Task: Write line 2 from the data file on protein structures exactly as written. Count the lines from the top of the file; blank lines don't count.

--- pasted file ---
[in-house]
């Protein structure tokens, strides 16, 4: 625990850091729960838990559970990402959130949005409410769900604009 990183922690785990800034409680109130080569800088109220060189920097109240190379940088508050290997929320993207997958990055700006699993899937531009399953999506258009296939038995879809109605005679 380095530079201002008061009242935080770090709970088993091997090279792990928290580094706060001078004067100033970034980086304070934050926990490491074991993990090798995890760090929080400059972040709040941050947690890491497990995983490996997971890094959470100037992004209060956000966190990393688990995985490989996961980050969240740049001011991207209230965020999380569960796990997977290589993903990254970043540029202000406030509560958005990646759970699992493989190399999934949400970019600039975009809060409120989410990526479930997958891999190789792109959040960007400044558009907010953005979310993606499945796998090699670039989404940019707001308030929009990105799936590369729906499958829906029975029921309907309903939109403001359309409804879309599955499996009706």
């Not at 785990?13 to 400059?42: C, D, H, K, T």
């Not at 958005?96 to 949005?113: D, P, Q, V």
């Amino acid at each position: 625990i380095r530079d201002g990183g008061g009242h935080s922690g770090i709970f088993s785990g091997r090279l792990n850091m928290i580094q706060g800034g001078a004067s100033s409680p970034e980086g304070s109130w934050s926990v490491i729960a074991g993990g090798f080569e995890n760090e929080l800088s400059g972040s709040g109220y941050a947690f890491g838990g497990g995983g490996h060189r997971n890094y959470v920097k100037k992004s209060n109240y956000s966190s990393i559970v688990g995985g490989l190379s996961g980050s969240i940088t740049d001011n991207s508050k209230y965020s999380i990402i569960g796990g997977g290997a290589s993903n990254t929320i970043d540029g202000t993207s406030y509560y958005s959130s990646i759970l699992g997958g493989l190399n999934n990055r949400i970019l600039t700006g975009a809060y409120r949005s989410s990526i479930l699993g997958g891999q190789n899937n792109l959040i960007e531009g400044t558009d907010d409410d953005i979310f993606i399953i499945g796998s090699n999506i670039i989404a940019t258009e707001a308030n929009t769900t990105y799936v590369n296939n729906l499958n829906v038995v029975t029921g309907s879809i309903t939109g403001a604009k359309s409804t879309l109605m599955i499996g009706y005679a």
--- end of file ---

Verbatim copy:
């Protein structure tokens, strides 16, 4: 625990850091729960838990559970990402959130949005409410769900604009 990183922690785990800034409680109130080569800088109220060189920097109240190379940088508050290997929320993207997958990055700006699993899937531009399953999506258009296939038995879809109605005679 380095530079201002008061009242935080770090709970088993091997090279792990928290580094706060001078004067100033970034980086304070934050926990490491074991993990090798995890760090929080400059972040709040941050947690890491497990995983490996997971890094959470100037992004209060956000966190990393688990995985490989996961980050969240740049001011991207209230965020999380569960796990997977290589993903990254970043540029202000406030509560958005990646759970699992493989190399999934949400970019600039975009809060409120989410990526479930997958891999190789792109959040960007400044558009907010953005979310993606499945796998090699670039989404940019707001308030929009990105799936590369729906499958829906029975029921309907309903939109403001359309409804879309599955499996009706």